Douglass's book focuses on Kennedy's turn toward struggling for peace, ending our involvement in Vietnam, and the growing menace of the CIA and the national security state. Kennedy was far from perfect but it seems certain he was turning toward nuclear disarmament with Russsia and there were enormous pressures resisting this turning, including many leading generals and the Joint Chiefs who wanted to launch a preemptive nuclear attack on Russia.
This was written December 10 and for one reason or another I didn't post it. I am posting it now to celebrate four months in Bisbee, and also to wish all my friends here and in North Carolina and everywhere a Happy New Year.
I also would like to note that Dan Wikler and his wife Sarah and their son Sam were in Bisbee for 10 days and we loved seeing them and having dinner with them Monday evening. Dan and I have known each other for over 20 years and he is now at the Harvard School of Public Health holding a chair in population ethics.
Also, we saw my brother Steve and his wife Cristen over the holidays twice, the second time they brought their son, Greg with his new fiance Katia. The fact that Steve and I are drawing close again is one of the best things that has happened in my life in a long time.
We've been back in Bisbee four months now. It feels good, really good. Carole is finally beginning to get over the trauma of the move and of leaving friends and our wonderful house in Durham, NC.
I also feel the loss of friends and place there too. I watched "Loggerheads" the other night, a movie that takes place in three parts of North Carolina, the coast, the Piedmont, and western Carolina (Asheville). I got homesick for that beautiful state once again. We actually lived longer there than anywhere else in our 41 years of marriage.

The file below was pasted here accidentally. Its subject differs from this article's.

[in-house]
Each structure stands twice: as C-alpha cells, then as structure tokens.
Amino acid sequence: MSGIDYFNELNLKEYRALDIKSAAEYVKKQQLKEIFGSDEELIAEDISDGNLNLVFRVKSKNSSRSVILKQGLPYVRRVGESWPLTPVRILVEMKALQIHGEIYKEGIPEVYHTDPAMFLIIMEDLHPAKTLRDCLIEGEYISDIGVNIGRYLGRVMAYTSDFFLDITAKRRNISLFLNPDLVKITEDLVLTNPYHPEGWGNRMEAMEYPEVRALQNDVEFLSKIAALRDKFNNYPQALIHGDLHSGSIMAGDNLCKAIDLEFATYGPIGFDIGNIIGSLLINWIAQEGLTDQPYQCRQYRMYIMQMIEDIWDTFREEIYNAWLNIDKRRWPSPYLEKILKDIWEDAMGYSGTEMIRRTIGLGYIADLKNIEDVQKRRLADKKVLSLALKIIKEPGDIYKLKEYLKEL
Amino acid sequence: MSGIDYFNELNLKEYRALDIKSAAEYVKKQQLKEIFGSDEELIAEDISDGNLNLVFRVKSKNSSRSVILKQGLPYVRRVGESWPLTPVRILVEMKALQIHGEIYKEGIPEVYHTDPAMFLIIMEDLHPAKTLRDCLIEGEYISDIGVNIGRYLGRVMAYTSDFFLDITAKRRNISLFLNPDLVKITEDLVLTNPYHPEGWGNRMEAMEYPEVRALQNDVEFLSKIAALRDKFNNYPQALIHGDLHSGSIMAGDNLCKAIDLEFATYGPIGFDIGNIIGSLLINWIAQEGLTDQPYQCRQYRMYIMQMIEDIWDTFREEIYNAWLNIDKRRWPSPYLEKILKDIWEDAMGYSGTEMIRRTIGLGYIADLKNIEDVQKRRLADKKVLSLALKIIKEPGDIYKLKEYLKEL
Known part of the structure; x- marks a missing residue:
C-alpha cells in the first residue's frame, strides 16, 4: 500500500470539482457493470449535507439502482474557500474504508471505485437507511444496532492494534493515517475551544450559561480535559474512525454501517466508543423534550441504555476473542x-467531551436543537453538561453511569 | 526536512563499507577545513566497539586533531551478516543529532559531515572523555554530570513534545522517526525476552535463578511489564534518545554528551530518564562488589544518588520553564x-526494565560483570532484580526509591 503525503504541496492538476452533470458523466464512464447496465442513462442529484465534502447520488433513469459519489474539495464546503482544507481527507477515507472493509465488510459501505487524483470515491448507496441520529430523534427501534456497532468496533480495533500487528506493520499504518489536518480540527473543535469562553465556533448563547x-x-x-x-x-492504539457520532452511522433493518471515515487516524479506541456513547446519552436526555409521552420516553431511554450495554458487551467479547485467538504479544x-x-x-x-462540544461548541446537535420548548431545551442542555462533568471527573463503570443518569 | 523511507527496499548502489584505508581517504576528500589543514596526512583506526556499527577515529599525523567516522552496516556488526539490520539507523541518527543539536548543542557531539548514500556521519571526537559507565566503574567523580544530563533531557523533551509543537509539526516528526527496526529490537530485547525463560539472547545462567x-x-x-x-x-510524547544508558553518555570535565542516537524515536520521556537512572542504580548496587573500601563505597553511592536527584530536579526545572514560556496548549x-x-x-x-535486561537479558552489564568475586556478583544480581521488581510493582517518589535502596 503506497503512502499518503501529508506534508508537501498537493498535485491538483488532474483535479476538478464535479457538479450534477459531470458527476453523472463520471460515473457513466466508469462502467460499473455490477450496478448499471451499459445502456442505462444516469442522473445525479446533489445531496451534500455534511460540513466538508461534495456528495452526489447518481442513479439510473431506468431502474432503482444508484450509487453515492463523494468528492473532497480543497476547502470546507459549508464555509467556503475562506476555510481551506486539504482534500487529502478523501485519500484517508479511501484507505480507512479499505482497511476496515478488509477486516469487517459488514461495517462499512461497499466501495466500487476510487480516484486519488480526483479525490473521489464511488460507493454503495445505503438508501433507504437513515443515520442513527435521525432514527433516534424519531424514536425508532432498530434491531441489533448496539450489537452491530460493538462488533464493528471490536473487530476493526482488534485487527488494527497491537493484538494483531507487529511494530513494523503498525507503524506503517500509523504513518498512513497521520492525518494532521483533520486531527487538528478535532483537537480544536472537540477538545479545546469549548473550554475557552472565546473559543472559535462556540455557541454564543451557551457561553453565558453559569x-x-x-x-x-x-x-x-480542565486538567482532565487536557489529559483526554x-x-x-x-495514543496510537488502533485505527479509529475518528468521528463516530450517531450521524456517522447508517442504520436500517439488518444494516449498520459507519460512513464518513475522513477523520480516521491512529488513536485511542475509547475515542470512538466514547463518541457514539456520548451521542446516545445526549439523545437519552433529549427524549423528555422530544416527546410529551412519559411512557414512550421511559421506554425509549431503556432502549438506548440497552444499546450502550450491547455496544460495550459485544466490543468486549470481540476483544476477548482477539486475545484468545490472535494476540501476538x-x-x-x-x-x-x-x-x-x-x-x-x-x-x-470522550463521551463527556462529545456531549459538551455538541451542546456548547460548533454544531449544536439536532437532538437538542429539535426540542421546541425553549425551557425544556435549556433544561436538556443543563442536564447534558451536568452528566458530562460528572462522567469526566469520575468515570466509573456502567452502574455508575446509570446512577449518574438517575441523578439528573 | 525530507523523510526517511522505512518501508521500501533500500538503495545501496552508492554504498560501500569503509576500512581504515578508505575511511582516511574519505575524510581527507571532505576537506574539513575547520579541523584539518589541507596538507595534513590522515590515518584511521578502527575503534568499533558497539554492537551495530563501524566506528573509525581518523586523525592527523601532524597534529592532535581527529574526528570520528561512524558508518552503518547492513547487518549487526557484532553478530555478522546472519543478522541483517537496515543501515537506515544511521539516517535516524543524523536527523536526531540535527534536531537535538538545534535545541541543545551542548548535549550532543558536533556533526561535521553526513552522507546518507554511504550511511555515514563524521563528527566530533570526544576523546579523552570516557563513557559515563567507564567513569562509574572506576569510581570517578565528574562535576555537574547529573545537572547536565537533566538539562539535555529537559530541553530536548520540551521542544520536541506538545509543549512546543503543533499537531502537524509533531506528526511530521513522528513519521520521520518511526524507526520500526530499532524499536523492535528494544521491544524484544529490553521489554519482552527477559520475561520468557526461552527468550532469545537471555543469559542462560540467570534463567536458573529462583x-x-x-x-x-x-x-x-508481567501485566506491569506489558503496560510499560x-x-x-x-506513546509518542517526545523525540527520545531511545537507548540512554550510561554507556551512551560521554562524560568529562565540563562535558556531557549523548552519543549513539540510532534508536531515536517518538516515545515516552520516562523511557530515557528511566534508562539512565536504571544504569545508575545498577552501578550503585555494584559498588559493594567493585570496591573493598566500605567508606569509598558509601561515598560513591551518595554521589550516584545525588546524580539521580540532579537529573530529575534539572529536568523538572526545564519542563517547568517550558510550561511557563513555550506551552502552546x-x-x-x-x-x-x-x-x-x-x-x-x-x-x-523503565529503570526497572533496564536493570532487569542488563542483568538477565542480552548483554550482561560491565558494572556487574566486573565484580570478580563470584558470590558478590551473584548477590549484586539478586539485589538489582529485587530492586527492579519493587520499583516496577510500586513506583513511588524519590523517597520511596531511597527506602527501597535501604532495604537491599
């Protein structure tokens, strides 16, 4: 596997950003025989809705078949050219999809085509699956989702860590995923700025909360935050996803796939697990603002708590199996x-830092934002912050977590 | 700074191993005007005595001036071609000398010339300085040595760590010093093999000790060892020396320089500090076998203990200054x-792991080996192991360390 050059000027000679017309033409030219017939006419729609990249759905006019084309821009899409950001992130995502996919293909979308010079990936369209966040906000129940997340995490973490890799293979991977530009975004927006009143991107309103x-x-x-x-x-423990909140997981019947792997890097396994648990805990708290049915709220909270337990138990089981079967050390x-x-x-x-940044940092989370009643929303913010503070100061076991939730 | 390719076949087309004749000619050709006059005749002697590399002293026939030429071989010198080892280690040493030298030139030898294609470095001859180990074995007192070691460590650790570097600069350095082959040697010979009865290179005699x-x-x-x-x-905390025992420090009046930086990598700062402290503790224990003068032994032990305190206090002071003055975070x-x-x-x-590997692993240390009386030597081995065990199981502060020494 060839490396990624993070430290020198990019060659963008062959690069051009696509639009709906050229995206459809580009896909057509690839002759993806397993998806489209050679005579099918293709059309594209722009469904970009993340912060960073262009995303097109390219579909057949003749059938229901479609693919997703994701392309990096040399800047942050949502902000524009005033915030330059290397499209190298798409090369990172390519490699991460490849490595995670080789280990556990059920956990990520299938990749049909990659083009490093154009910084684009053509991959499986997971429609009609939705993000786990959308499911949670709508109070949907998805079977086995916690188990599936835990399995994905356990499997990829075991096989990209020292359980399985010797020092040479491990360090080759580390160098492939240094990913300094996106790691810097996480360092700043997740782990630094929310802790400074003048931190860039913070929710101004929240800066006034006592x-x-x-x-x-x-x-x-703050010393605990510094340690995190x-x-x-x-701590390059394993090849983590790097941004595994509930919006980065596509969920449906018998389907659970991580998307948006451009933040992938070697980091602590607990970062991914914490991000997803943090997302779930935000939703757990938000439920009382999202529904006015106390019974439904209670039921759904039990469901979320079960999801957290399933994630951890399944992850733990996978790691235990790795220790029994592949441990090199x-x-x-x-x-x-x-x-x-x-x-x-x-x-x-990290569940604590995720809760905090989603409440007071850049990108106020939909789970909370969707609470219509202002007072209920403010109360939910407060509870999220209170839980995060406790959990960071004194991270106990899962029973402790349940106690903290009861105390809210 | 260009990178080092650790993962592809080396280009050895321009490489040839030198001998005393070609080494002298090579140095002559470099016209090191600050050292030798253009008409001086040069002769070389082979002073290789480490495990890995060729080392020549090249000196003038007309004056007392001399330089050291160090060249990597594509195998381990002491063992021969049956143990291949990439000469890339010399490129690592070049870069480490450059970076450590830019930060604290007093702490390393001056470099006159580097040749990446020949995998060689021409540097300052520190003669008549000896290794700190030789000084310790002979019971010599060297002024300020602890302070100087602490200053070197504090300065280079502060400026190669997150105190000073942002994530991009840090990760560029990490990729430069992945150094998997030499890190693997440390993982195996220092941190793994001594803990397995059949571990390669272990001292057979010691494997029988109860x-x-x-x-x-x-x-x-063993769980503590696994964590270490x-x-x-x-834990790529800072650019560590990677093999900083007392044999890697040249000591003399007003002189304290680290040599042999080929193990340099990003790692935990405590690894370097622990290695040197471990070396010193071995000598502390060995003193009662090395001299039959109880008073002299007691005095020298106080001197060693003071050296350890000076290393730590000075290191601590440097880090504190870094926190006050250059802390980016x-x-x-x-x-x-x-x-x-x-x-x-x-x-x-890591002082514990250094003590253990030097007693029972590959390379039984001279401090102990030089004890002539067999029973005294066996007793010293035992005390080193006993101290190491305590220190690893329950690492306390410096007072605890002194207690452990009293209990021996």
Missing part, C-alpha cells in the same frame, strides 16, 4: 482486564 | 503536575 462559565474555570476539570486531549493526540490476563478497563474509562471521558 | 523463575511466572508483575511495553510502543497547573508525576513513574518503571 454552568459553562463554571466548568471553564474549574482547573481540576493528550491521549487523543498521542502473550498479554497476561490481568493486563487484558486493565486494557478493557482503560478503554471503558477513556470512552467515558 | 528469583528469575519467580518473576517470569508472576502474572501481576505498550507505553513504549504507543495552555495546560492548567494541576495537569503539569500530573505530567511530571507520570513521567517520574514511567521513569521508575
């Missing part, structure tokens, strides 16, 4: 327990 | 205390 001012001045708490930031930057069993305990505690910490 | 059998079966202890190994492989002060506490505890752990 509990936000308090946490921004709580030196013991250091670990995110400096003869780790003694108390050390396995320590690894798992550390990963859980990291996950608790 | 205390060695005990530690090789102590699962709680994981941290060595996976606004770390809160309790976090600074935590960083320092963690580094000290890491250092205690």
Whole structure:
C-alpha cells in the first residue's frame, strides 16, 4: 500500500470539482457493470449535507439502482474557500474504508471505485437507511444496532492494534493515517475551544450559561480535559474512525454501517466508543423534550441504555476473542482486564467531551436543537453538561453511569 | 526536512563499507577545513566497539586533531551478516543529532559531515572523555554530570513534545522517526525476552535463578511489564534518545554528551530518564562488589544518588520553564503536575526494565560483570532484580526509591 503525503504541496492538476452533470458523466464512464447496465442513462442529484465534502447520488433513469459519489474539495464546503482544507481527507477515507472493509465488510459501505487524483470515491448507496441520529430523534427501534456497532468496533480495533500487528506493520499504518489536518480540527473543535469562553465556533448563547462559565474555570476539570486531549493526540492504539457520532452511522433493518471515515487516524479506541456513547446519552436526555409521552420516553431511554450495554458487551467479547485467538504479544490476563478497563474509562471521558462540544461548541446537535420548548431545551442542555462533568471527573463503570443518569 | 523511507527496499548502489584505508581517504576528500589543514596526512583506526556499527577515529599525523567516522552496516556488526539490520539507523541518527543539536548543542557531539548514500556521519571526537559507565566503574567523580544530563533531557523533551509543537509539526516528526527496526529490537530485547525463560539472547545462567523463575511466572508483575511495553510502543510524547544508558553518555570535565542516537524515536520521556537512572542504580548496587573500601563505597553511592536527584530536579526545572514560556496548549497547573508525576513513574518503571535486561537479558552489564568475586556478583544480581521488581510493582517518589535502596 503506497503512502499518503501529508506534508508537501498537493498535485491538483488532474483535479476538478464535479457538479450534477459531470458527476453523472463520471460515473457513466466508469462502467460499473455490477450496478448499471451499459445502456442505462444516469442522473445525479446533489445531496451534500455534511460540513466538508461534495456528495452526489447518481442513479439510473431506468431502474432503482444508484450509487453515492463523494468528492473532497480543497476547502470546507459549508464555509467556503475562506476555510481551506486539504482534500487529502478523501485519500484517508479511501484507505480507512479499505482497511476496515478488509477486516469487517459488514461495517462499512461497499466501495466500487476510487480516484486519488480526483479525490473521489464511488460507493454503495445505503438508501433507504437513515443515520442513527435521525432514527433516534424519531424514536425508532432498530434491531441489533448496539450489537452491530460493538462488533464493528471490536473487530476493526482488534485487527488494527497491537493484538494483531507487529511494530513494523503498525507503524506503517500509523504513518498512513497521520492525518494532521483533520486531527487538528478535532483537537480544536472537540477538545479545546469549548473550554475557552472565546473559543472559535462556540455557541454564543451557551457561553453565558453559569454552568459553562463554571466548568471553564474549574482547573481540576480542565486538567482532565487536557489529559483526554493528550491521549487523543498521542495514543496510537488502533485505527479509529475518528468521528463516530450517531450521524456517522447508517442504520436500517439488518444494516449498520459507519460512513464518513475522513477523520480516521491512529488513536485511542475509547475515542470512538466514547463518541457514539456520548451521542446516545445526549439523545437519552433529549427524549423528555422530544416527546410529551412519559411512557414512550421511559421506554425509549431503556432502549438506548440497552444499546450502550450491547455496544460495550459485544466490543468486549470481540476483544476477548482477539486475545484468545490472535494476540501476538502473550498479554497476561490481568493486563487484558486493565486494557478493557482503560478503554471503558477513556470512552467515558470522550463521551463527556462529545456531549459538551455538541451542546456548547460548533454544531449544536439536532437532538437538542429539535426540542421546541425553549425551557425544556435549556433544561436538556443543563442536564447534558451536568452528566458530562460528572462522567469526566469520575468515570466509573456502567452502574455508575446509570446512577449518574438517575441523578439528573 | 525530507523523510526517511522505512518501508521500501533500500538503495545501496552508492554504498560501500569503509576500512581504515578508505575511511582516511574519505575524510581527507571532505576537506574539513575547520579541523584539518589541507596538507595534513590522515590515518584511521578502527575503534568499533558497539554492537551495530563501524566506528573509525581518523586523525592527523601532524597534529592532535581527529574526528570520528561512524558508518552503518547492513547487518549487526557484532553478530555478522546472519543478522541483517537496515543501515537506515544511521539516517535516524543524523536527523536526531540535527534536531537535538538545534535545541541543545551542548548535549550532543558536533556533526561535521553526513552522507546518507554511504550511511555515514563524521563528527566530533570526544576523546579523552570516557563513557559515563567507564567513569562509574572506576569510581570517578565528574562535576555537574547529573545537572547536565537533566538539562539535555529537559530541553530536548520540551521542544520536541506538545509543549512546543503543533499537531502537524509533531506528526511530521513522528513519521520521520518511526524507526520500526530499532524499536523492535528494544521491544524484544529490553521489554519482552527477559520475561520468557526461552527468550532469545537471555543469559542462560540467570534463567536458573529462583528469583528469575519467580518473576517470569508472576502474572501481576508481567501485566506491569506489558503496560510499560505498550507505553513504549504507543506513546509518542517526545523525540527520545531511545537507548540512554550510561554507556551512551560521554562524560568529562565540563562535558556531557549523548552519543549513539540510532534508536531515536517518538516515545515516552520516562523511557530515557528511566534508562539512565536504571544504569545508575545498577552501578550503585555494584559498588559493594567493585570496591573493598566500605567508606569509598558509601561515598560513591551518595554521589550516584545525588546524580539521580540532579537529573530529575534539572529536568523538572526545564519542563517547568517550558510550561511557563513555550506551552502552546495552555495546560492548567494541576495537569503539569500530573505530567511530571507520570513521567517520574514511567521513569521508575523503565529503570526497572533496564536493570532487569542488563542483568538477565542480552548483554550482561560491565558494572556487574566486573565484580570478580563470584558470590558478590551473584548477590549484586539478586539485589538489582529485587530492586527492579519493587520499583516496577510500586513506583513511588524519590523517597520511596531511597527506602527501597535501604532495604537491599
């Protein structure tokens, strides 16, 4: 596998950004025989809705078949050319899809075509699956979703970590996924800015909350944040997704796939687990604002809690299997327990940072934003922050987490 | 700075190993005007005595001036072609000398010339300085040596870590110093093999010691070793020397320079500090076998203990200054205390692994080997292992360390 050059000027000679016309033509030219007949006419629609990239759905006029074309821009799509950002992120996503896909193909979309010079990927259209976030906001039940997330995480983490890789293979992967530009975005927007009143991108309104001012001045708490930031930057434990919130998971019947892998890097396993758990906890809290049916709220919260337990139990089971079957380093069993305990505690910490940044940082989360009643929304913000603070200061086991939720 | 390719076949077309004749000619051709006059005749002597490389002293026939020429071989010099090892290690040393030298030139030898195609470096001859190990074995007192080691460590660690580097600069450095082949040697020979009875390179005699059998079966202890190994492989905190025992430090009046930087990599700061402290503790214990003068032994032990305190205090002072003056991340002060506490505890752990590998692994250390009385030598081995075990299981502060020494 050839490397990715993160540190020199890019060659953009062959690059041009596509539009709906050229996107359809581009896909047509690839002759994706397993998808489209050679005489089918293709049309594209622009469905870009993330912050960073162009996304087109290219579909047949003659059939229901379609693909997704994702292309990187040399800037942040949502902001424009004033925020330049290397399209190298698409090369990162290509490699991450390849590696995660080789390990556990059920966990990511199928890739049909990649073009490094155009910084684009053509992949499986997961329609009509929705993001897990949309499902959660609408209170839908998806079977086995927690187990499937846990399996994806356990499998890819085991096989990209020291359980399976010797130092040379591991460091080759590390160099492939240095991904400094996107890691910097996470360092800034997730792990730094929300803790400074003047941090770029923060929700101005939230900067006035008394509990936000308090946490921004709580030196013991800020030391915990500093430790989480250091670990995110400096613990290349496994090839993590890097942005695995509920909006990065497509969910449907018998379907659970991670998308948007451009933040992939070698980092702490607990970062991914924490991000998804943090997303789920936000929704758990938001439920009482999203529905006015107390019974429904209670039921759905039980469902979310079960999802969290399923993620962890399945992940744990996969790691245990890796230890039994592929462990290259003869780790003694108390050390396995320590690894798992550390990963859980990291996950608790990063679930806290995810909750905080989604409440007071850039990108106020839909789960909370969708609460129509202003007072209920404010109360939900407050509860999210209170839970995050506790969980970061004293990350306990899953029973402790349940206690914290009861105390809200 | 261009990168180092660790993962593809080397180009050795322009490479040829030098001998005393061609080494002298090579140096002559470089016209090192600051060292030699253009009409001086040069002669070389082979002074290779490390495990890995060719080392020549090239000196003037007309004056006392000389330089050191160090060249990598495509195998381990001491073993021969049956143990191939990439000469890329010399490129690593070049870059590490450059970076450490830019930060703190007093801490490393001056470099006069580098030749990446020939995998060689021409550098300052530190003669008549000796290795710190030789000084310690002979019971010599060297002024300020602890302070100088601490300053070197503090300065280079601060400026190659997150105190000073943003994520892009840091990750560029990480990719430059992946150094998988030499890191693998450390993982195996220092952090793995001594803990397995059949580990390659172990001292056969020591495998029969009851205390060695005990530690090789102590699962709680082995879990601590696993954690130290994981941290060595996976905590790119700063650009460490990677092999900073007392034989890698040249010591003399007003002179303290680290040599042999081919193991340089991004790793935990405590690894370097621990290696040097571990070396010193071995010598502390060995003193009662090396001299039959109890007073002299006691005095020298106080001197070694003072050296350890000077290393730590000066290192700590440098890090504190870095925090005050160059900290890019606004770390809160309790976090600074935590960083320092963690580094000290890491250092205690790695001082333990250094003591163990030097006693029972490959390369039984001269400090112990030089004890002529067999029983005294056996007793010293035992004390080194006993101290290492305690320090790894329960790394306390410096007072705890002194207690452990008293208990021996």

We have so many good friends in Durham and especially our friends at Pilgrim United Church of Christ.
The movie “Tender Mercies” is to be shown on December 9 in Bisbee in the Fellowship Hall of St. John’s Episcopal Church, the second film in a movie festival being held to celebrate Advent.
I have written about the movie before here: the story is simple enough. Mac Sledge, played by Robert Duvall, is a famous country western song writer and singer who now is washed up, an alcoholic.
He was married to Dixie Scott (Betty Buckley), an aging country western singer who became famous singing Mac Sledge’s songs.Their marriage was tumultuous. In a drunken rage Sledge threatened to kill Dixie and she divorced him. They have a young daughter, Sue Anne, played by Ellen Barkin. She is now a teenager, 16. He hasn’t seen her in 7 or 8 years or so.
We don't learn any of this until the movie is well along.
The movie starts when Sledge wakes up in a forsaken little motel out in the middle of nowhere under a big Texas sky. He tells the owner, Rosa Lee (played beautifully by Tess Harper) that he is broke and asks if he can work off what he owes.
Rosa Lee says yes but there can't be any drinking and Sledge says, "Yes, Ma'am."
Rosa Lee is a young woman, much younger than Sledge, a woman widowed by the Vietnam War, with a young son named Sonny.
I'm reading a terrific book, Downsizing Democracy: How America Sidelined Its Citizens and Privatized Its Public, by Matthew Crenson and Benjamin Ginsberg. The book is about how we have been changed from a popular democracy to a personal democracy, a democracy where the citizen typically faces government as a consumer and customer individually and privately rather than collectively as a member of a mobilized public.
The tale is complicated and about far more than the rise of conservative populism over the past decades, or what I call "The Invasion of the Body Politics Snatchers." Democrats and Republicans alike have had a hand in transforming the character of our democratic politics.
I surely have the minority opinion here but Carole and I walked out of Casino Royale after 10 minutes. It was insanely violent and dangerous-to-your-hearing loud. I know that Bond movies are violent but there was always an ironic grin behind them, at least the ones that I saw. The new Casino Royale, it seemed, during our brief acquaintance, has lost the grin.